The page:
Role of hydrogen sulfide in early blood-brain barrier disruption following transient focal cerebral ischemia.PLoS One. 2015; 10(2):e0117982.Plos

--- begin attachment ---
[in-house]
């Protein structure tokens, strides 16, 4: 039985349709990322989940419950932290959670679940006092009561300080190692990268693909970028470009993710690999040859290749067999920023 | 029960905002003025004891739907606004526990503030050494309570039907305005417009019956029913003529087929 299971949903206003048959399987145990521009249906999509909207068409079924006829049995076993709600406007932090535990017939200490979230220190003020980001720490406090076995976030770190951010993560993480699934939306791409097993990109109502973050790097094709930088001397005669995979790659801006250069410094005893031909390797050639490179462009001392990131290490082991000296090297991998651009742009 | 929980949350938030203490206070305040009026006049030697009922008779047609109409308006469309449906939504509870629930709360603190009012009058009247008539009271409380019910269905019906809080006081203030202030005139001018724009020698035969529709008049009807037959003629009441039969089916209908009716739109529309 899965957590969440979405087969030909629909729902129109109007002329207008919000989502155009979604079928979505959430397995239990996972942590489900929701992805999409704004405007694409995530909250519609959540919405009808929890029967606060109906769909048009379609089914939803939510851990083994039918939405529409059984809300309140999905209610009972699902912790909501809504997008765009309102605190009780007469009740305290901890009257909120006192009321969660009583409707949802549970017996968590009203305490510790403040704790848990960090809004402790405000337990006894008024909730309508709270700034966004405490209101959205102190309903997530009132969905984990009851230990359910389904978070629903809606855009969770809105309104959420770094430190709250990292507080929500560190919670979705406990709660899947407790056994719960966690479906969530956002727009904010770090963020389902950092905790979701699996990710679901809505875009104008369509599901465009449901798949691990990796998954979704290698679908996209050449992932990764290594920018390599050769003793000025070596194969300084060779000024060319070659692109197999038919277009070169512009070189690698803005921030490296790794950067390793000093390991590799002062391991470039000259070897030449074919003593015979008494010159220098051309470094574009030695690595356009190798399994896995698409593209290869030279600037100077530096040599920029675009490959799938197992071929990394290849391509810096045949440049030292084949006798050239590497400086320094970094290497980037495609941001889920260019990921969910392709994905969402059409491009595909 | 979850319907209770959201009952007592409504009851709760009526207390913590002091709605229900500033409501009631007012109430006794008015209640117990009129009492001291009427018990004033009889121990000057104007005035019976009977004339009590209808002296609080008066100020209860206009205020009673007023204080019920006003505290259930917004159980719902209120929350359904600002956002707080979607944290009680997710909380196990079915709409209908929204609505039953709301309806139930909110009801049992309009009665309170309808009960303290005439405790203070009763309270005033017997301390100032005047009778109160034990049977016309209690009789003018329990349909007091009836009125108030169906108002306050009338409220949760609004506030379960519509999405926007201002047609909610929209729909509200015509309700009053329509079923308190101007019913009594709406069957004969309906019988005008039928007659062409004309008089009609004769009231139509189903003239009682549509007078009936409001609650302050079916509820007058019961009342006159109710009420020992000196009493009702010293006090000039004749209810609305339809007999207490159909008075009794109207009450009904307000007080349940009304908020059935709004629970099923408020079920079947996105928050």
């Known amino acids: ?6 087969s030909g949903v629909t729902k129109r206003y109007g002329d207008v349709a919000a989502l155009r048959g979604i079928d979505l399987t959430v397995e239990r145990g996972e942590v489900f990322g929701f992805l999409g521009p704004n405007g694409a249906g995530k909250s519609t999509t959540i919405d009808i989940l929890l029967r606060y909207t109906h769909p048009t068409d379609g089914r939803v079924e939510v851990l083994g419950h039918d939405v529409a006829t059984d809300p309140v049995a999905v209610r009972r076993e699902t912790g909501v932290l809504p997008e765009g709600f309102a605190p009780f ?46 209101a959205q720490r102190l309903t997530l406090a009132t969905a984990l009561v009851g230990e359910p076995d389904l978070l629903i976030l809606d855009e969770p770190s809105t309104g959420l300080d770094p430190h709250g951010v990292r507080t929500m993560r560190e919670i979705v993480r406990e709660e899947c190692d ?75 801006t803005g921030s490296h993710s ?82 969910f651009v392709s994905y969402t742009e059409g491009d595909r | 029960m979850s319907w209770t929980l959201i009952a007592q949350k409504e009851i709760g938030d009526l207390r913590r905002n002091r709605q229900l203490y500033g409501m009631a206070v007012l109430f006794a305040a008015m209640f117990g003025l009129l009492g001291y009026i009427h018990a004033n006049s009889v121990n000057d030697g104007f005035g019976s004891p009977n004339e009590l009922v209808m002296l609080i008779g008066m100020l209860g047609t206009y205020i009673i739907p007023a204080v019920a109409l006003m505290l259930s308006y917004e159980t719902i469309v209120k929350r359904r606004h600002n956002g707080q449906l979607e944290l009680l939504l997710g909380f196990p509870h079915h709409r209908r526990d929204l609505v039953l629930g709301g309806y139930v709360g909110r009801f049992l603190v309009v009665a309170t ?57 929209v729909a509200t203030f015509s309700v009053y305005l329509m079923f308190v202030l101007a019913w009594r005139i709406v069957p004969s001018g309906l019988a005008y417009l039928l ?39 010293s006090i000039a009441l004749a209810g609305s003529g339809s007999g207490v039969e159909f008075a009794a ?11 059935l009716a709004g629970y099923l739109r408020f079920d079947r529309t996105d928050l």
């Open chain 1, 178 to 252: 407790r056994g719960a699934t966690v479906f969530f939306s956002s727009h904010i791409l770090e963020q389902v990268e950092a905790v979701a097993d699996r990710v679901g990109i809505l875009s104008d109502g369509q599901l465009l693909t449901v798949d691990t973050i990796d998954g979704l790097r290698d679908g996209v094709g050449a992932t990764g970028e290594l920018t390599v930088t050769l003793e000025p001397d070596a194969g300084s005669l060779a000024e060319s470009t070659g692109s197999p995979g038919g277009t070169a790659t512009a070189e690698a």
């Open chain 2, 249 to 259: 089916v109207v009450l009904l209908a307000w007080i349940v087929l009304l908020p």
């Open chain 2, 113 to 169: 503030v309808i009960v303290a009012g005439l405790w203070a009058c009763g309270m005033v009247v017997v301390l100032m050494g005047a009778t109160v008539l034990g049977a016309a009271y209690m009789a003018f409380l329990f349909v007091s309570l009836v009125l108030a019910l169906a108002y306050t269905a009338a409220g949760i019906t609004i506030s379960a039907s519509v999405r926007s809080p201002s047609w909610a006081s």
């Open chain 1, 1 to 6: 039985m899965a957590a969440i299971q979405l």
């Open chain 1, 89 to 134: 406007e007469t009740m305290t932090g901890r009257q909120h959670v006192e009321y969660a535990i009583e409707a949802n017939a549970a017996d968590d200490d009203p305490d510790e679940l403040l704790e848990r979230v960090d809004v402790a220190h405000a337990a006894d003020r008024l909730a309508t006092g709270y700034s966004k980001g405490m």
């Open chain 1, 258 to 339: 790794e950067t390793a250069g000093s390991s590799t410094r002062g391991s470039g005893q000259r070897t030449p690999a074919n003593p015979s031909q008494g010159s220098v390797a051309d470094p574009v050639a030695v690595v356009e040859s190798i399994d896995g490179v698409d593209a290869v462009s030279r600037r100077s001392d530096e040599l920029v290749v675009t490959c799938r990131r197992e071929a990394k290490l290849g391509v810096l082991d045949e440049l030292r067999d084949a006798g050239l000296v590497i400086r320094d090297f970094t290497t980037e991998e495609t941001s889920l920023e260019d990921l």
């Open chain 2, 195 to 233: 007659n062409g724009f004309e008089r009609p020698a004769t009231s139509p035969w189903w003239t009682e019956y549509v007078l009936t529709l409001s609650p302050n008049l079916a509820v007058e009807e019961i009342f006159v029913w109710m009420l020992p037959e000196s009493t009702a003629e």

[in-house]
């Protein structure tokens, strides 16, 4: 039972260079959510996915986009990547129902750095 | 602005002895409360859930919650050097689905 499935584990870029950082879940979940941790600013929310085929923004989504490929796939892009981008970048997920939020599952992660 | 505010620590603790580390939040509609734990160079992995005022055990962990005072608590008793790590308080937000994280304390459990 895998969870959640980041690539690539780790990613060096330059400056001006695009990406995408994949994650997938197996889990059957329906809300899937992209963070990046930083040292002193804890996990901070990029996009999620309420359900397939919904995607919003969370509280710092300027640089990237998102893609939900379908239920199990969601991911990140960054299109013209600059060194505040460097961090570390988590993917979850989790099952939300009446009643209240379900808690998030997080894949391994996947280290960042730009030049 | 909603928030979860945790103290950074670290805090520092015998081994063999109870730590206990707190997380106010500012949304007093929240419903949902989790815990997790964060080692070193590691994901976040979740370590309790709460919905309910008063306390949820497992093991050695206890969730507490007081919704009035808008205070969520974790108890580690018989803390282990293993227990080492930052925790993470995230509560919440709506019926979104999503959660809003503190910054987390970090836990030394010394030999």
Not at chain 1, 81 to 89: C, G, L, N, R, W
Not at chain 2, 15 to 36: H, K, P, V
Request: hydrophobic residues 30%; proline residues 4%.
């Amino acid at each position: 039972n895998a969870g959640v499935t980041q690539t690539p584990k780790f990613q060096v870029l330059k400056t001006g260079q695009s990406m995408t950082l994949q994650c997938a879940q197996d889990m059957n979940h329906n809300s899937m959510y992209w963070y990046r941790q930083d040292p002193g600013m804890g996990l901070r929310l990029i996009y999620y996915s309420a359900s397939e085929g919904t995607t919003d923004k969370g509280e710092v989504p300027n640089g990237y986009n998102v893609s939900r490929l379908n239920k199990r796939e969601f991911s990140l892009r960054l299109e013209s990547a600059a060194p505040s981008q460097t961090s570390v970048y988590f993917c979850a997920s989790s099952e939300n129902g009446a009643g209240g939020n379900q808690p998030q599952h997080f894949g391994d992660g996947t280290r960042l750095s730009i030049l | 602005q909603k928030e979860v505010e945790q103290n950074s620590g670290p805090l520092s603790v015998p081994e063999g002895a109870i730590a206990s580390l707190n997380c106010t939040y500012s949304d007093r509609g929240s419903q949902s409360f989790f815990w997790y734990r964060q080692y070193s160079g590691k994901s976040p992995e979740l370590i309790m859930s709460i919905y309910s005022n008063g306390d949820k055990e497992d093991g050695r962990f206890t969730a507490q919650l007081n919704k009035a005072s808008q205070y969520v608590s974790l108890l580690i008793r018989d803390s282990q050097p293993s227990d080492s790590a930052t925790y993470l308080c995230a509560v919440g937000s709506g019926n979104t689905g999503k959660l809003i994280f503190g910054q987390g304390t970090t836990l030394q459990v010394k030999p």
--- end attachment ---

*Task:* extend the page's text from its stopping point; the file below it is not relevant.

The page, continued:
We determined the role of endogenous hydrogen sulfide (H2S) in cerebral vasodilation/hyperemia and early BBB disruption following ischemic stroke. A cranial window was prepared over the left frontal, parietal and temporal cortex in mice. Transient focal cerebral Ischemia was induced by directly ligating the middle cerebral artery (MCA) for two hours. Regional vascular response and cerebral blood flow (CBF) during ischemia and reperfusion were measured in real time. Early BBB disruption was assessed by Evans Blue (EB) and sodium fluorescein (Na-F) extravasation at 3 hours of reperfusion. Topical treatment with DL-propargylglycine (PAG, an inhibitor for cystathionine γ-lyase (CSE)) and aspartate (ASP, inhibitor for cysteine aminotransferase/3-mercaptopyruvate sulfurtransferase (CAT/3-MST)), but not O-(Carboxymethyl)hydroxylamine hemihydrochloride (CHH, an inhibitor for cystathionine β-synthase (CBS)), abolished postischemic cerebral vasodilation/hyperemia and prevented EB and Na-F extravasation. CSE knockout (CSE-/-) reduced postischemic cerebral vasodilation/hyperemia but only inhibited Na-F extravasation. An upregulated CBS was found in cerebral cortex of CSE-/- mice. Topical treatment with CHH didn't further alter postischemic cerebral vasodilation/hyperemia, but prevented EB extravasation in CSE-/- mice. In addition, L-cysteine-induced hydrogen sulfide (H2S) production similarly increased in ischemic side cerebral cortex of control and CSE-/- mice. Our findings suggest that endogenous production of H2S by CSE and CAT/3-MST during reperfusion may be involved in postischemic cerebral vasodilation/hyperemia and play an important role in early BBB disruption following transient focal cerebral ischemia.